There is a common misconception that tolerance is the highest good. What is tolerance? Let’s have a look.
In the past, to tolerate someone meant to bear with them. It described accepting someone who annoyed or inconvenienced you. Tolerance was about agreeing to disagree with your opposer. It involved a live and let live attitude to what other people you disapprove of did with their lives.
Love, according to the Bible, is completely different. It has almost become a cliché to quote the biblical description of love in Paul’s first letter to the Corinthians, however it clearly reveals why tolerance is actually unloving.
Love is not proud.
The meaning of tolerance has changed in the last couple of generations. Today, it promotes contemporary values that often conflict with Christian beliefs that have dominated mainstream culture for centuries. Tolerance now means proudly accepting and celebrating all beliefs. There is no longer room for disagreement. If you disagree with the idea that all beliefs are equal, you are called a bigot or worse. People are encouraged to be proud of who they are.
Humility is completely different as it enables you to see yourself clearly. People are imperfect creatures that have capacity to do good and evil. Love involves humbly seeing yourself and others for what you truly are: moral creatures that are lost without God.
Let this mind be in you, which was also in Christ Jesus:
Who, being in the form of God, thought it not robbery to be equal with God:
But made himself of no reputation, and took upon him the form of a servant, and was made in the likeness of men:
And being found in fashion as a man, he humbled himself, and became obedient unto death, even the death of the cross.
Love is not self seeking.
Tolerance fails because it creates people who respect others out of mutual selfishness. It comes down to everyone agreeing to do whatever they want while allowing others to do the same. Anyone who thinks differently is often subjected to ridicule, opposition or mistreatment. Tolerance ultimately leads you to compromise and even reject the Bible’s command to have the same mindset as Jesus who willingly became a servant to humankind.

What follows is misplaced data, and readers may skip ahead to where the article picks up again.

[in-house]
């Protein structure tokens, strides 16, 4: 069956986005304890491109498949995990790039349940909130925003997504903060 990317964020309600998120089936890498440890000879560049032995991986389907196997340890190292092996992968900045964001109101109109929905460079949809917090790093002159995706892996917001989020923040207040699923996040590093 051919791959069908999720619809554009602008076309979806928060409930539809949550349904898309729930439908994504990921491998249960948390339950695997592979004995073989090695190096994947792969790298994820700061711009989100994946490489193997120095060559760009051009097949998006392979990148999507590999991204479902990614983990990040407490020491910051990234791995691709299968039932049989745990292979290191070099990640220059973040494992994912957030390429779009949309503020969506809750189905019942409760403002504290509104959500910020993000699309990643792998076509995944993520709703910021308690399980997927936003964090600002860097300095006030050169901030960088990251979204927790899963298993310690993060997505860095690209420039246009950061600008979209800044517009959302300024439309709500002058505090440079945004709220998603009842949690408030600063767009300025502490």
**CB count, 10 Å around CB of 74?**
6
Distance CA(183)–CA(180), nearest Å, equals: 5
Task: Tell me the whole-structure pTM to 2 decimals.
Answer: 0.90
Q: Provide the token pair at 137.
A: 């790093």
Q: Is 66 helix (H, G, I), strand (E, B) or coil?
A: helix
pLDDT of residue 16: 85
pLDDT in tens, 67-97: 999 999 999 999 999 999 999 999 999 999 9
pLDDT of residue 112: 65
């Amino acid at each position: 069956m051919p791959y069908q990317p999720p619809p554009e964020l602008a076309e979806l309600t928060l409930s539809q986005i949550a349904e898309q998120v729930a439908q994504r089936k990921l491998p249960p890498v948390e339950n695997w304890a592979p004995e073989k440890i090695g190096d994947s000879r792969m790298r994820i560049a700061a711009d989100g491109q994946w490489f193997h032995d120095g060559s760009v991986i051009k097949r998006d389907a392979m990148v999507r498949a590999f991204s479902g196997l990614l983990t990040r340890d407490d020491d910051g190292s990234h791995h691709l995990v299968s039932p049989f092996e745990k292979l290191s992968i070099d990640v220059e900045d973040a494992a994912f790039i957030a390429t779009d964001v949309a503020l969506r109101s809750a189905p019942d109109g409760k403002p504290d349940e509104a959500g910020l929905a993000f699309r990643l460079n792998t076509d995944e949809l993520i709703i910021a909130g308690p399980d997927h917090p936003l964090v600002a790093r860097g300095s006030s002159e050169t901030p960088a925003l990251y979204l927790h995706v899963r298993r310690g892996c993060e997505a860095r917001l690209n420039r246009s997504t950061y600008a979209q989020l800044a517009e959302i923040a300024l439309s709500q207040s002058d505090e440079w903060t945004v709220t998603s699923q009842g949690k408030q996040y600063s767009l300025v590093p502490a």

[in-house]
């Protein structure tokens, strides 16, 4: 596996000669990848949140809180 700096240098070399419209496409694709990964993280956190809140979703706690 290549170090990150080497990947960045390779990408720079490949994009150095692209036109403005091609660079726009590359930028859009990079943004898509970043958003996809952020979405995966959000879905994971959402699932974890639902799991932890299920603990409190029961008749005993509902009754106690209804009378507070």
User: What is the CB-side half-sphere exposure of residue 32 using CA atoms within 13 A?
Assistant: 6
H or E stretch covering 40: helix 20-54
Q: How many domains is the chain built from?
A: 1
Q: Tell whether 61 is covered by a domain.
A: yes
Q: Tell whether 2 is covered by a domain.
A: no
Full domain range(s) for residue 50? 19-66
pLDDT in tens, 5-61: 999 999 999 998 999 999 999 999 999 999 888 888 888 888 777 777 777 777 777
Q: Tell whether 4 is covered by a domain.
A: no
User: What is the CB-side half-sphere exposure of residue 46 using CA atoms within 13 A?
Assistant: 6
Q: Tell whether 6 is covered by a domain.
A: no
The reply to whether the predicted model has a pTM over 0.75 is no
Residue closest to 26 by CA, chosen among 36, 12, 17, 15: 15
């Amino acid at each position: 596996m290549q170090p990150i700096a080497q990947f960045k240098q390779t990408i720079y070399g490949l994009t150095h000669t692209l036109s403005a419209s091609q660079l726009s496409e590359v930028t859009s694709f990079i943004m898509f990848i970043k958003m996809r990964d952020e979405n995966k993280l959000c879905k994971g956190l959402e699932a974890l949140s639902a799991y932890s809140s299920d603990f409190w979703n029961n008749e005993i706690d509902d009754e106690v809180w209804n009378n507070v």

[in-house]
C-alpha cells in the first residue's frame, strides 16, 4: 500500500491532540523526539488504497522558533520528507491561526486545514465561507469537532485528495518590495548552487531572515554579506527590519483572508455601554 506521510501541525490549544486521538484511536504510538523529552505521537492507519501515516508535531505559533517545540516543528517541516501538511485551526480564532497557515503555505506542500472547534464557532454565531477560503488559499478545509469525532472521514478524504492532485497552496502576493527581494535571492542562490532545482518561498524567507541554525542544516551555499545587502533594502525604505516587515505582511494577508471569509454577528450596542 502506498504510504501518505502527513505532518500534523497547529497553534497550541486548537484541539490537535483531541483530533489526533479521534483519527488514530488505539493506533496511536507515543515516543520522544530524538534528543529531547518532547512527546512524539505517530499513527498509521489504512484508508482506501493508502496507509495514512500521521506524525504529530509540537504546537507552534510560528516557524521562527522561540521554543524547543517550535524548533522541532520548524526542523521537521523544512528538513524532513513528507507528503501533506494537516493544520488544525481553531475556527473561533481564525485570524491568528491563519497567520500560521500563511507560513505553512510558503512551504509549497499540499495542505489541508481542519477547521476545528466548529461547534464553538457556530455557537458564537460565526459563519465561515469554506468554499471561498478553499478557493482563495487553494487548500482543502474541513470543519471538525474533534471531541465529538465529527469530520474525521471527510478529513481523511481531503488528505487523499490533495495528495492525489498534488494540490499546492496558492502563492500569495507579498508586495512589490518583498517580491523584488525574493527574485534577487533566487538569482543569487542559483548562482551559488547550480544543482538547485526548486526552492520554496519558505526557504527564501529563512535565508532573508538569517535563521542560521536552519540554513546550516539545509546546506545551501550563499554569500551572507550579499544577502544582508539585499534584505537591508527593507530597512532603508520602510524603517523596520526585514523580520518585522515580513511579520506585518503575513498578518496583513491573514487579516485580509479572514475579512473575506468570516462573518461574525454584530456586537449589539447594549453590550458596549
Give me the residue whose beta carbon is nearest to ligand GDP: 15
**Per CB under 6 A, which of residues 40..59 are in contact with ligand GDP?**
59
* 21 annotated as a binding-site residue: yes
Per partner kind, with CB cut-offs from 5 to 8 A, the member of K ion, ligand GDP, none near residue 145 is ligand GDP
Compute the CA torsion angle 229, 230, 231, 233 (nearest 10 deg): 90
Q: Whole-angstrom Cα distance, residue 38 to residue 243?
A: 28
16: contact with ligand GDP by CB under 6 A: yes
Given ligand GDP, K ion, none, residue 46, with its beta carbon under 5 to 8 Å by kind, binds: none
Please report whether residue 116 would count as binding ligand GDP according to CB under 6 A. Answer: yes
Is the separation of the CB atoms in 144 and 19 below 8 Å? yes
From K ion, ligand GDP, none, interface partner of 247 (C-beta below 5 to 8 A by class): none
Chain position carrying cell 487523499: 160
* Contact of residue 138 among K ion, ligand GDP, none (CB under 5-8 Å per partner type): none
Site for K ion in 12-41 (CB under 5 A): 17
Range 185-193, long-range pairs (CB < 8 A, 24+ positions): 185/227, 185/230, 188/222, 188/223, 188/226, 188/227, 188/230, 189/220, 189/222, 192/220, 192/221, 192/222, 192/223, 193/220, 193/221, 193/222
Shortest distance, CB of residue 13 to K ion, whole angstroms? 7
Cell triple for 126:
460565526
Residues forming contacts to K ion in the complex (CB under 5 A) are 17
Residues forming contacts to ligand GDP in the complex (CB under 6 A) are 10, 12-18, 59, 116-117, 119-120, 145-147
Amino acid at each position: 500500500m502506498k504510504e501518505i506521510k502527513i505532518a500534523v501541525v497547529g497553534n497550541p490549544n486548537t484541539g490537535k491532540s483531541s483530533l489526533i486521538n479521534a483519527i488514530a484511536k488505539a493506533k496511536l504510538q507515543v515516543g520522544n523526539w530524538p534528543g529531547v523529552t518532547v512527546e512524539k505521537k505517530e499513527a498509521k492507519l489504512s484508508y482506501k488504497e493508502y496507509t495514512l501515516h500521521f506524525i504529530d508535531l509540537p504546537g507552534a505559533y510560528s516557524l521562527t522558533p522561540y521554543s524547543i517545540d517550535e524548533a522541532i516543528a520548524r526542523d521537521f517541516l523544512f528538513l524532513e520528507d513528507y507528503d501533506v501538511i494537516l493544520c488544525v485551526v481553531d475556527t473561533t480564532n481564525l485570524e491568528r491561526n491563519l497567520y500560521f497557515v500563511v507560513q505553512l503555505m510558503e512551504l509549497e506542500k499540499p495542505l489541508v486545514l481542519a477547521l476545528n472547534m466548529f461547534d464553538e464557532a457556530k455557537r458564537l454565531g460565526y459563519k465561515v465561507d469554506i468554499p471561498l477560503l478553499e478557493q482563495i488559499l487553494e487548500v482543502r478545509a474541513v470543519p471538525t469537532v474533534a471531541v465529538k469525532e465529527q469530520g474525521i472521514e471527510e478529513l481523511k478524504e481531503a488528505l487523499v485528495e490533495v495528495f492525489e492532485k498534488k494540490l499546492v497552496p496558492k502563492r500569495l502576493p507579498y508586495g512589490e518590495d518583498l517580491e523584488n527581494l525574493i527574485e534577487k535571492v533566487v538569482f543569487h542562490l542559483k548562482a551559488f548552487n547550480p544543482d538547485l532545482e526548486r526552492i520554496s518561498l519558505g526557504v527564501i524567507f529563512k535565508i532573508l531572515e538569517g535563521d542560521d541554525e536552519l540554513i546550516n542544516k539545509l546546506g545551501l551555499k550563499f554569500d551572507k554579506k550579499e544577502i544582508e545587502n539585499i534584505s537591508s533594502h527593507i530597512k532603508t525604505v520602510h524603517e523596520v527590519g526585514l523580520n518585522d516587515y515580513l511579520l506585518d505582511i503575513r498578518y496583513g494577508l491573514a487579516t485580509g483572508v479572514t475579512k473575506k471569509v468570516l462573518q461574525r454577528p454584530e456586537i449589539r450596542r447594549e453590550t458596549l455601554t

Our culture is losing its understanding that true love requires sacrifice. When a teacher of the law asked Jesus to name the greatest commandment, Jesus told him it was to love God with all your heart and with all your soul and with all your strength. Jesus explained that loving God means doing what he says. Doing what God says is not easy because it often involves rejecting your own will and desires as you put God and others first.
Love rejoices in the truth.
For some people, it’s completely reasonable to say Jesus was tolerant. They point to examples of him showing mercy to sinners he encountered, such as the woman caught in adultery. They mistake his grace for approval of someone’s disobedience. Nothing could be further from the truth.
The gospels reveal that Jesus was undeniably and unashamedly loving to everyone, even his enemies. However, he never condoned the sinful beliefs, decisions and attitudes he saw. Rather he embodied the truth, grace and holiness of God as he willingly offered his life as a sacrifice for your sin and wrongdoing.
Jesus is the Truth. He is trustworthy because everything he says is true. He is praiseworthy because everything he does is loving. Jesus is honest about our sinful condition before God and lovingly came to defeat sin and its impact on us.
Paul’s description of love culminates in him declaring “love never fails”. Godly love triumphs over every obstacle, problem and enemy you encounter. It is humbling to accept your owns faults and mistakes while acknowledging the same shortcomings in others without thinking less of them. Putting others first requires sacrificing your will and desires. Truly loving others involves telling them about Jesus’ miraculous work to save them from their sins. What the world needs goes beyond what tolerance offers. The world needs you to truly love God and your neighbour. If you are loving, you will never fail.